News

Black holes hide in our cosmic backyard

10 January 2017 Stephen Clark

Monster black holes sometimes lurk behind gas and dust, hiding from the gaze of most telescopes. But they give themselves away when material they feed on emits high-energy X-rays that NASA’s NuSTAR mission can detect. That’s how NuSTAR recently identified two gas-enshrouded supermassive black holes, located at the centers of nearby galaxies.

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Chorus of black holes sings in X-rays

31 July 2016 Astronomy Now

Supermassive black holes do not give off any of their own light, hence the word “black” in their name. However, many black holes pull in surrounding material and emit powerful bursts of X-rays. Collectively, these active black holes can be thought of a cosmic choir, singing in the language of X-rays. Their “song” is what astronomers call the cosmic X-ray background.

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Japan’s Hitomi observatory made cosmic discovery before failing

12 July 2016 Stephen Clark

Japan’s doomed Hitomi observatory peeled back a veil on the inner workings of the Perseus cluster of galaxies before the satellite spun out of control earlier this year, revealing in unprecedented detail how gas heated to millions of degrees behaves around an unseen supermassive black hole, scientists said.

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Black hole observatory launched from Japan

17 February 2016 Stephen Clark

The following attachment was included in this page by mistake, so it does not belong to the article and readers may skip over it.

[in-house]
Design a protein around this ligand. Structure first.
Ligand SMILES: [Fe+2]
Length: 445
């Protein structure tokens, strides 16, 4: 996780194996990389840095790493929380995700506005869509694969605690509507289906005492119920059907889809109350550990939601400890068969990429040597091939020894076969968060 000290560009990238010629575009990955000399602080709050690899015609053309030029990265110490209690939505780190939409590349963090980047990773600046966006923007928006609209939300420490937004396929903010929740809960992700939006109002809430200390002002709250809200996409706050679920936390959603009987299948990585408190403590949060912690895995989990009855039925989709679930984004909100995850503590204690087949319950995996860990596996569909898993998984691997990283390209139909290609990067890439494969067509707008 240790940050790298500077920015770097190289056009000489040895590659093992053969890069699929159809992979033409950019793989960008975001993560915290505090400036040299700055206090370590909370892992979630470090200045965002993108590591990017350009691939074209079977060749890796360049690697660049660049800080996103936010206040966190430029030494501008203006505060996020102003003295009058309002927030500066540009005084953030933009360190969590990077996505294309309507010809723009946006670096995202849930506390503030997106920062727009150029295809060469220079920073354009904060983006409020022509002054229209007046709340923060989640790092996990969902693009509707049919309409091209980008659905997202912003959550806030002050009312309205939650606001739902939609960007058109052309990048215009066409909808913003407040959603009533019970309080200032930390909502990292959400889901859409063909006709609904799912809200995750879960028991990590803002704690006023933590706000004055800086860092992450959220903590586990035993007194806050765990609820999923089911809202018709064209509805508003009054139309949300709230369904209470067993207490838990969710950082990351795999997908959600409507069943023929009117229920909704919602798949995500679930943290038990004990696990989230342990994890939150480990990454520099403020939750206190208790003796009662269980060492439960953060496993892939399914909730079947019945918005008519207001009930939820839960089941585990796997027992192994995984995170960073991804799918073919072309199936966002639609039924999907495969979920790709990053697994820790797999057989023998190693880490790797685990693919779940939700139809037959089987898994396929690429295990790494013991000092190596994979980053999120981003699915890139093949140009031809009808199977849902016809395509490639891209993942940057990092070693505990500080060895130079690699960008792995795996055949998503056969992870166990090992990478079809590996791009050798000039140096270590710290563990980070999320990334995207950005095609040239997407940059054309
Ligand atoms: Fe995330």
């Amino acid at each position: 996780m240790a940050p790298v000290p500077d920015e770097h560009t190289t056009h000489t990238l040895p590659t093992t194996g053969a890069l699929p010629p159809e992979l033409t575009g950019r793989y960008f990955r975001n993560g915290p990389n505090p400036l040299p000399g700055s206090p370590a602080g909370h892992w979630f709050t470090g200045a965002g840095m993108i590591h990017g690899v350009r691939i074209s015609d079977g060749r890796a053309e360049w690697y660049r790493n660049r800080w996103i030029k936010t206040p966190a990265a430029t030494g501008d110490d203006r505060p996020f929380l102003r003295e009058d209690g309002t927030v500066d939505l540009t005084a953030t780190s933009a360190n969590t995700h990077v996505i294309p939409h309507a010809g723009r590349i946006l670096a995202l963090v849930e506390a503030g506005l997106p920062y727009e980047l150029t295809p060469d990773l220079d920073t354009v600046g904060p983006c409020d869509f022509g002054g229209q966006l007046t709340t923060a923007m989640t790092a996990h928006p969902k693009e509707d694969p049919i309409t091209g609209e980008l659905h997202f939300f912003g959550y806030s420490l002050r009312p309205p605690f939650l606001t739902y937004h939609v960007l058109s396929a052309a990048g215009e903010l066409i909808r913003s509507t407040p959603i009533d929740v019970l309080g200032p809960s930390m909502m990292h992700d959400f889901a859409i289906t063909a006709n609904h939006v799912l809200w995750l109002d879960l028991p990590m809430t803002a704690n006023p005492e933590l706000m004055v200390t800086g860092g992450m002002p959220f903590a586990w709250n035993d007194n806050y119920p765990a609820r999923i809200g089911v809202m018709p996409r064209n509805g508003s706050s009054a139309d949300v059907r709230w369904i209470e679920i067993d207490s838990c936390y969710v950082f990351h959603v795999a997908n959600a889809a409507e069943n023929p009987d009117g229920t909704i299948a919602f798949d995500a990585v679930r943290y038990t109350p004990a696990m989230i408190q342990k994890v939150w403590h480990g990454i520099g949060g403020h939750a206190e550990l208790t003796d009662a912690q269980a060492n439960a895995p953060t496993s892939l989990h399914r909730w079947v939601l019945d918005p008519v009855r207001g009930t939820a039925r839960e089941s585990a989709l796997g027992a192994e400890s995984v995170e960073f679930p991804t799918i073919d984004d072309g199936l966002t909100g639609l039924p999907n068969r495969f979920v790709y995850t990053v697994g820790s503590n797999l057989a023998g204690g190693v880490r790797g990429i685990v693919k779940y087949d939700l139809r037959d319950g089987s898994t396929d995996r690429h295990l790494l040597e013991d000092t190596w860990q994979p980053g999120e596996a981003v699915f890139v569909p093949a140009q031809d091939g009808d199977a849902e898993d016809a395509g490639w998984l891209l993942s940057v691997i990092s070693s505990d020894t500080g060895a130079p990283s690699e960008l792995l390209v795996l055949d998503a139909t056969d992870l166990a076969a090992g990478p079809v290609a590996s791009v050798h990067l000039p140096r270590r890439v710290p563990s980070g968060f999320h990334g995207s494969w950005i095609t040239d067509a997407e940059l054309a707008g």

Japan launched a pioneering observatory with X-ray vision Wednesday to peer into the mysterious, light-starved neighbourhoods around black holes and study the genesis of galaxies and other cosmic mega-structures billions of light-years from Earth.

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Galaxy cluster survey yields 3-D view of universe’s dark side

18 December 2015 Astronomy Now

An international team of astronomers used European Southern Observatory telescopes to complement other earth- and space-based instruments as part of the XXL survey of galaxy clusters. The ESO team measured the precise distances to the galaxy clusters, providing the 3-D view of the cosmos required to perform accurate measurements of dark matter and dark energy.

Picture This

Terzan 1: a home for old stars

15 December 2015 Astronomy Now

This image, taken with the Wide Field Planetary Camera 2 on board the NASA/ESA Hubble Space Telescope, shows the globular cluster Terzan 1. Lying around 20,000 light-years from us in the constellation of Scorpius, it is one of about 150 globular clusters belonging to our galaxy, the Milky Way.

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